The founder of Authentic Jobs introduces Unified Design, the latest big challenge to face the web industry
Cameron Moll discusses why tools aren’t that important, and explores the latest headache facing the web industry: Unified Design
The best web conference speakers need two things. First, an impressive track record in web design, ideally on projects the audience is already familiar with. And second, to be able to draw out lessons from those experiences, which everyone can apply to their own projects.
Cameron Moll scores highly on both counts. The thing he’s best known for is very well known indeed. Authentic Jobs, which he founded in 2009, is one of the most popular job sites for web professionals. But it doesn’t just provide a service in matching the right vacancies to the right designers. The team’s constant battle to provide a high-quality user experience also provides Moll with raw material for his insightful talks.
And that will certainly be the case when he takes the stage at Generate New York (22 April 2016), to talk about the big topic of the moment: Unified Design.
So what is Unified Design? “It grew out of realising that there’s something we’re all wrestling with,” Moll begins. Five years ago, he points out, most of us had two devices; 10 years ago, just one. “Now it’s not uncommon to have four or five different screens that we use throughout the course of any given day, from sun up to sun down.”
We think nothing of going from one screen to another, even during the same activity. “Facebook did some research in the US about a year ago and found that 40 per cent of people with more than one screen will continue an activity throughout those screens,” he says. “So if they start it on one screen, they’ll finish it on another.”
Those numbers will continue to increase, Moll predicts. So the question becomes: how do we ensure users can access our content on a variety of different screen sizes and platforms? How do we ensure a smooth transition when they decide to go from one of those screens to another, and want to pick up where they left off?
“Since talking about this, I’ve found that we’re not doing a great job in some areas,” he says. “That applies to big companies as well as small ones. And we can do better at this. My presentation will help people understand the dynamics of this and offer tips and advice for making a good, unified experience for users.”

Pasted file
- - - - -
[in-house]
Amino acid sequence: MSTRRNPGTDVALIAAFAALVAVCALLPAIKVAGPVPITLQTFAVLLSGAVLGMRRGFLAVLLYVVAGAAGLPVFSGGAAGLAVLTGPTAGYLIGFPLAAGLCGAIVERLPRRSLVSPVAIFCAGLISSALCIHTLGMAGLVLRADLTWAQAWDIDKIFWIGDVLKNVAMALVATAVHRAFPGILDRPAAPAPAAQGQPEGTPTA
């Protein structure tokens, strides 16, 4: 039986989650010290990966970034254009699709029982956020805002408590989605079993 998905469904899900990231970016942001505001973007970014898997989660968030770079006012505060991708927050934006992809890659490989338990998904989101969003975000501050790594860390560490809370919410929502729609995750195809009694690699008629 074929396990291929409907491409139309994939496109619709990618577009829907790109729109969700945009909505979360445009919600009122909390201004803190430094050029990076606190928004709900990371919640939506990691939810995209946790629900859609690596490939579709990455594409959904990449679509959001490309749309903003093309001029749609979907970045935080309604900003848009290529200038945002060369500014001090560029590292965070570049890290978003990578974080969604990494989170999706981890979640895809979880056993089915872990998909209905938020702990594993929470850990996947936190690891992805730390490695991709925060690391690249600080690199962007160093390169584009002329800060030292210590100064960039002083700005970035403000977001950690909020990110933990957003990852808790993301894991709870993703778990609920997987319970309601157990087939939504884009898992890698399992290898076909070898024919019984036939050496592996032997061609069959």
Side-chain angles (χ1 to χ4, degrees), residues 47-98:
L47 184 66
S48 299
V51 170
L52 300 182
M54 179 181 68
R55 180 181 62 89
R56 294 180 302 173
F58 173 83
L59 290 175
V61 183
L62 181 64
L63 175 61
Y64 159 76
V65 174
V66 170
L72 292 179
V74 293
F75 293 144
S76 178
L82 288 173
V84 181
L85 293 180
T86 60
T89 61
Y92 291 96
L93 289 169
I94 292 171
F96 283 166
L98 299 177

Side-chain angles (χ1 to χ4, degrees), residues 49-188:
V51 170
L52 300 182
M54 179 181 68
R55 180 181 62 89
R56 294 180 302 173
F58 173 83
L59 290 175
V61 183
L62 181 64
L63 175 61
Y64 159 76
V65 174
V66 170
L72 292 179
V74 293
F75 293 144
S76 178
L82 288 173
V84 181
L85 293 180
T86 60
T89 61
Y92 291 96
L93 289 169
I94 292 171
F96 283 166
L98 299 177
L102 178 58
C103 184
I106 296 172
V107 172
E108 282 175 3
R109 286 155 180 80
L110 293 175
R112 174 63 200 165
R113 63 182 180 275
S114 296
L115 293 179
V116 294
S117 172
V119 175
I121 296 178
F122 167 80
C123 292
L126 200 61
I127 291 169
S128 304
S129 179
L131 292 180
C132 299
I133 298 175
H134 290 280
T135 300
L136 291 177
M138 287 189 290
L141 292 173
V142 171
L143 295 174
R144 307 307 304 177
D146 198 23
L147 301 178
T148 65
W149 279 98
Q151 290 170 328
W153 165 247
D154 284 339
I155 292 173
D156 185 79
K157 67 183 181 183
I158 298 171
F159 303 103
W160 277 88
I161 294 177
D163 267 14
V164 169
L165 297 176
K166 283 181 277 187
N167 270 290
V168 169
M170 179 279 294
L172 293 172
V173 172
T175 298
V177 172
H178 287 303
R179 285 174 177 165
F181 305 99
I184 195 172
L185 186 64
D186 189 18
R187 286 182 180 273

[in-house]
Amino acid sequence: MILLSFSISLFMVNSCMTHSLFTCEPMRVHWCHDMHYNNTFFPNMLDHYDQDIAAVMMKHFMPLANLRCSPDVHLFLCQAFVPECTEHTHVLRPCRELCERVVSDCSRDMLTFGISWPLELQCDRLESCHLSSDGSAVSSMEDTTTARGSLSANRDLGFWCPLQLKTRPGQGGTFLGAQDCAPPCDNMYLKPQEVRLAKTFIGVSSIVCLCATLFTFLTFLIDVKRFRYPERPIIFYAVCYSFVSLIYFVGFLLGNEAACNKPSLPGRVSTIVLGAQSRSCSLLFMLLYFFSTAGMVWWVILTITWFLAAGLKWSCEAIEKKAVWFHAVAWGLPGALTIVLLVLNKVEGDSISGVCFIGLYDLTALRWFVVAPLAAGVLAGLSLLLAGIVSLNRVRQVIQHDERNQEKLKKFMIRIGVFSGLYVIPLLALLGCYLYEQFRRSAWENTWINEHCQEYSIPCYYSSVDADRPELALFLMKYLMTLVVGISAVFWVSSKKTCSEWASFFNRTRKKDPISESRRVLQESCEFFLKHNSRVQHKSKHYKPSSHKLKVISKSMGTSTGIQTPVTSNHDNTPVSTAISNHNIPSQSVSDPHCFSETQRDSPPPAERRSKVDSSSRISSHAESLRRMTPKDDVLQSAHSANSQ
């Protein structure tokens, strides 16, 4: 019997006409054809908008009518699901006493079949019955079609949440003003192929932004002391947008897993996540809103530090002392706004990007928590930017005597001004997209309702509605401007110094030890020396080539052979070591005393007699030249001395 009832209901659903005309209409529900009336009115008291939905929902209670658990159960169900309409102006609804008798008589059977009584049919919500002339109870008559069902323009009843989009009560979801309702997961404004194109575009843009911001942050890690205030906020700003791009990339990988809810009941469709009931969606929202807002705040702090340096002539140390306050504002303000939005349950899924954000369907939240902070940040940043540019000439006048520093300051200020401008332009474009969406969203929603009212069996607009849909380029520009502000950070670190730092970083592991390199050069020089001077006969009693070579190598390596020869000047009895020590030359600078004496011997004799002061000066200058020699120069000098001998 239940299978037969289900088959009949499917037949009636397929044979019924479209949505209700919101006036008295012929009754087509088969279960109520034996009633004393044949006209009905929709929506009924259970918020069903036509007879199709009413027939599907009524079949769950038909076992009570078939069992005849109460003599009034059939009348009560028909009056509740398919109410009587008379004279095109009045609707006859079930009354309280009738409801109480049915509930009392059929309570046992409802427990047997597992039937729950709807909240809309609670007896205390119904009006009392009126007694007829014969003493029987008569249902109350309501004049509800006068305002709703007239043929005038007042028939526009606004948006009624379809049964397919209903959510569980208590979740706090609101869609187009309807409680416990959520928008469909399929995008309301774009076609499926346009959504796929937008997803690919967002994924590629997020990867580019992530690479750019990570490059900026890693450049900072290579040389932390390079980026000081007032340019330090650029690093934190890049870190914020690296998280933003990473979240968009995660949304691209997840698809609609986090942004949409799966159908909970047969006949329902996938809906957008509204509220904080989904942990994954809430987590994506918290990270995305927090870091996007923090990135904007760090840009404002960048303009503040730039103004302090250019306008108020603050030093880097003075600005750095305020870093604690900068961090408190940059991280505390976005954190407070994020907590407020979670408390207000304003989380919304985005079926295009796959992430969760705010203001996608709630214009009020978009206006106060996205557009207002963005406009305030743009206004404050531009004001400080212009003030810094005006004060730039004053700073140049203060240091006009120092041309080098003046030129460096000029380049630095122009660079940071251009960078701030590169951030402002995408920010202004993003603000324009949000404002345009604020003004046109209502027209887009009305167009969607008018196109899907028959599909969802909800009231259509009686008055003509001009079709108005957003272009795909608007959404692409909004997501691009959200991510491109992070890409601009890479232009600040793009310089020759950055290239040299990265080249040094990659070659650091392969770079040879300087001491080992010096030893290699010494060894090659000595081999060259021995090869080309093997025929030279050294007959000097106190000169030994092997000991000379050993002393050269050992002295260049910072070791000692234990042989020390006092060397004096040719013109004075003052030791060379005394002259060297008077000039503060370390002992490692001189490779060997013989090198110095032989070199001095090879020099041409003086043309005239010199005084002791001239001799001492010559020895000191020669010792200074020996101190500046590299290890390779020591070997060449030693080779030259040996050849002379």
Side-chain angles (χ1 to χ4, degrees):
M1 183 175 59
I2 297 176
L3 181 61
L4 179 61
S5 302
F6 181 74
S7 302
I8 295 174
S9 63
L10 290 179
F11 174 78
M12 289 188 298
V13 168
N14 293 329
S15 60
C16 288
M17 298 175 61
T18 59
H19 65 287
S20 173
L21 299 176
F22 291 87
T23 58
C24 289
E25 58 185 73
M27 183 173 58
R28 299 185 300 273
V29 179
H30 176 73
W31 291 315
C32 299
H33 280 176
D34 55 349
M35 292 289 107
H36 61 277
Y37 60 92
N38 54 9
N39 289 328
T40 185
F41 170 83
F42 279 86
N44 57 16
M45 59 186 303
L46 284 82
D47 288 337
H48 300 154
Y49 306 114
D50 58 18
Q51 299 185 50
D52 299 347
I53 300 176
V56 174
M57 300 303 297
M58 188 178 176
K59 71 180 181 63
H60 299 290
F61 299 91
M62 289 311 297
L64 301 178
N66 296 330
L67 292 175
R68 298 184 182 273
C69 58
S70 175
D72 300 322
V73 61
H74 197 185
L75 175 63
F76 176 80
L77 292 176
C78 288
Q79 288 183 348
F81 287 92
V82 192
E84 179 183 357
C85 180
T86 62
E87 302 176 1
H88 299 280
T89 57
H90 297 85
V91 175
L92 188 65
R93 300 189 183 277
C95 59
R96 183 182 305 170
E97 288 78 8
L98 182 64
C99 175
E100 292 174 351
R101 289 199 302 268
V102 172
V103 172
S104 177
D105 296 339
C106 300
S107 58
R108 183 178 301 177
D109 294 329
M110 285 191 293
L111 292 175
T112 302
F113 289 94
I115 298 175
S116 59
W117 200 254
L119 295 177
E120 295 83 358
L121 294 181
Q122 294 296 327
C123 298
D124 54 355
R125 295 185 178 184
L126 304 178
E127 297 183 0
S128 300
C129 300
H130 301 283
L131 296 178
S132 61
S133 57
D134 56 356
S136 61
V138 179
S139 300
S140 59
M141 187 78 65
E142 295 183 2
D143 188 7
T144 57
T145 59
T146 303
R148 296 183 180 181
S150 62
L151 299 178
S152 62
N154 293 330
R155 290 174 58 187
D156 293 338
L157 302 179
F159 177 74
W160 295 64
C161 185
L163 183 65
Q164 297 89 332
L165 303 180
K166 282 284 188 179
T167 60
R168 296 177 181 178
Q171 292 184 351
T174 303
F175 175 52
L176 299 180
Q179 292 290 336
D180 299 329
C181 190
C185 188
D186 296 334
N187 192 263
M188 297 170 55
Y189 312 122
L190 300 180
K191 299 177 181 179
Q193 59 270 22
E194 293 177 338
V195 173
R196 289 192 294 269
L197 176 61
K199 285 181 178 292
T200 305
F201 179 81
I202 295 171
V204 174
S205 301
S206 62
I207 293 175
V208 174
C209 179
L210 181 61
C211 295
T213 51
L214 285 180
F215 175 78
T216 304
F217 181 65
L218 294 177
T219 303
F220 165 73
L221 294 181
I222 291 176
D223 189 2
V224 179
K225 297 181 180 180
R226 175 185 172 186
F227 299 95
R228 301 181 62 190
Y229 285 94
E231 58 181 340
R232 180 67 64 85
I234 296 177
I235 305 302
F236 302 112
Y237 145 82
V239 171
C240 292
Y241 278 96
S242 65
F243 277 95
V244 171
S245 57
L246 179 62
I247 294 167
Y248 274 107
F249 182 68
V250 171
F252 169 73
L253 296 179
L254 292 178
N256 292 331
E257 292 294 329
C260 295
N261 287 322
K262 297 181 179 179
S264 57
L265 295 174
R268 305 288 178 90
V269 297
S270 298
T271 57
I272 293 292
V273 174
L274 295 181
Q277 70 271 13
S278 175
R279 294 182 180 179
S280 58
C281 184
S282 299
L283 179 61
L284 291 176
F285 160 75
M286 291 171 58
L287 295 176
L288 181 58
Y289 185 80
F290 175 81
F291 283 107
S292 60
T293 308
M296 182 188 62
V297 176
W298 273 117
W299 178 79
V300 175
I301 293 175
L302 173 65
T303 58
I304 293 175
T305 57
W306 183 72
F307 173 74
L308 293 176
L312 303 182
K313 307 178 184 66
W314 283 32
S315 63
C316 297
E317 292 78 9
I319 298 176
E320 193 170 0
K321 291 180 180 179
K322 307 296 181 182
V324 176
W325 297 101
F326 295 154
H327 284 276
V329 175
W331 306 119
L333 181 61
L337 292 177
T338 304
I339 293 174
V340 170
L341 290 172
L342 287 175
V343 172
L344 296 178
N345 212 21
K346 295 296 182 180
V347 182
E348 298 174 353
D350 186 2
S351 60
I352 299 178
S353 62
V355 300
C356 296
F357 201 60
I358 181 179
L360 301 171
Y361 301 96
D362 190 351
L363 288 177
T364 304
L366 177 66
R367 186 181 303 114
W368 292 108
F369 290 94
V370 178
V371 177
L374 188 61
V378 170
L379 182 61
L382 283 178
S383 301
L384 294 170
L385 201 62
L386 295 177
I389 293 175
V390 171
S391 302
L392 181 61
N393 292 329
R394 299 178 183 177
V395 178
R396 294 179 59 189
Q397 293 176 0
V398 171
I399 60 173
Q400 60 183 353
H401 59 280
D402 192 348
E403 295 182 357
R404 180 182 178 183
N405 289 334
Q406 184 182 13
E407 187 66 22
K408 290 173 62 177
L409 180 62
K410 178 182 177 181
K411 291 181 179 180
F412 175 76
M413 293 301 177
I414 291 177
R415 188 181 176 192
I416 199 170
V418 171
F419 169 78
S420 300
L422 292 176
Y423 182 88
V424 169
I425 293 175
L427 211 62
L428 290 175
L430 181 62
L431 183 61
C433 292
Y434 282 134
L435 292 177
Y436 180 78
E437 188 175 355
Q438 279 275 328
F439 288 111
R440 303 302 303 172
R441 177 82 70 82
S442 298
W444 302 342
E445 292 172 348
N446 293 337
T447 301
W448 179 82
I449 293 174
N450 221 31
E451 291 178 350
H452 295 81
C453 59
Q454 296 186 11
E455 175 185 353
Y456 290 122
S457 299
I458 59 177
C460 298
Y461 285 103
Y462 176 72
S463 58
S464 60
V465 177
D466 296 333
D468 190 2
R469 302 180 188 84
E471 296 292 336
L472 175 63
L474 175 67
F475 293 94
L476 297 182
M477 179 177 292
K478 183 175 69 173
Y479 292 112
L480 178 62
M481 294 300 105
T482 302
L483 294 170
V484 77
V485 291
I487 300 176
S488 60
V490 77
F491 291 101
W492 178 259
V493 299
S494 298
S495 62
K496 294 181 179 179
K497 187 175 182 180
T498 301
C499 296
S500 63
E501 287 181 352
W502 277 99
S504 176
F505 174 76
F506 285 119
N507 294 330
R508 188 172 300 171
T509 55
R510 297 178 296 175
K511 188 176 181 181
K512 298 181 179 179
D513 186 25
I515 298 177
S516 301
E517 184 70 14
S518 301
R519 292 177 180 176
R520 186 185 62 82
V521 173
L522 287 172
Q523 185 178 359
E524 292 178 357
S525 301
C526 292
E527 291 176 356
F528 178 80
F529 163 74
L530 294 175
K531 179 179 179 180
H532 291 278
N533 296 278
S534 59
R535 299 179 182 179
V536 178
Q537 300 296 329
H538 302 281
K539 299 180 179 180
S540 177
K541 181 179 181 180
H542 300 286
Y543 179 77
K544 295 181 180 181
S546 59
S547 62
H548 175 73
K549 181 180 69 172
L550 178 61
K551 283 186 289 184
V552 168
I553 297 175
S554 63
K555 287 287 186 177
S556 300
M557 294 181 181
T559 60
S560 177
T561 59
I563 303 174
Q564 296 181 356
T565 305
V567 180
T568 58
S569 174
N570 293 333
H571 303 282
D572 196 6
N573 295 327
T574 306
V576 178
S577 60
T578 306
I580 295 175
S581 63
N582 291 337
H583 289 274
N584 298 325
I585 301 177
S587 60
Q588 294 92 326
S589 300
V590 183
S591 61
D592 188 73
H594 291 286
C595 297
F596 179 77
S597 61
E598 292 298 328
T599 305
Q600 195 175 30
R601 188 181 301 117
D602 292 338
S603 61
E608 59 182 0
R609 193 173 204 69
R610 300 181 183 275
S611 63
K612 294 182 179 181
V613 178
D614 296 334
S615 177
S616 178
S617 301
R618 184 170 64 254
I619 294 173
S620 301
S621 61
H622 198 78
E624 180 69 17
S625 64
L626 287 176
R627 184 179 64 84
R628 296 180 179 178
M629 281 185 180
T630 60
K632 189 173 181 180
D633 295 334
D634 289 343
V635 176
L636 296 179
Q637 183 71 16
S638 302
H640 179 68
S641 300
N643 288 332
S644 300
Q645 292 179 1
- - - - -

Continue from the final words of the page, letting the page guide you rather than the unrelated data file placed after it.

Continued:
It’s worth noting that when Moll uses the word ‘we’ , he’s not just referring to the industry as a whole. Even Authentic Jobs has struggled with Unified Design, he admits. Moll recalls a time when one team member was signed in as a user (i.e. the company itself was hiring, and so was advertising the job on its own site).
That team member drafted a listing, and then had someone else go and sign into their account. The listing was nowhere to be seen.
“We were like, what’s going on here?” recalls Moll. “One of the developers pointed out that it was session-based. And I was like: are you kidding me?” When Moll had been presenting his talks on Unified Design, he had been assuming that if you signed into Authentic Jobs with your account on one screen and then went to another – a mobile device, for example – that job listing would show up. But sure enough, the session was based on cookies.
“That’s exactly what I’d been talking about for a year and a half, this idea of: don’t store data like that, that would need to be carried over to another screen, in a cookie or in a session. Tie it into the account, so anyone can sign in.”
The problem should have been fixed by the time this issue is printed, Moll assures us, but it’s clear that Unified Design is a challenge for everyone in the industry.
“When I stand up on stage and talk about this, I’m very honest and I say, look: this is something I’m wrestling with too. We’re all making mistakes in this area. So let’s learn from each other and get better at it.” Moll mentions online clothing retailer Zappos as an example of a large company whose design was not, until recently, unified. “If you had items in your cart on one screen and you signed into your account on another screen, they weren’t there because again they were cookie-based,” he explains.
“But since I’ve been talking about this they’ve actually fixed it. I used to use them as a bad example, now I use them as an example of someone who’s made that transition. So it’s certainly fixable, whether you’re a small company or a big one.”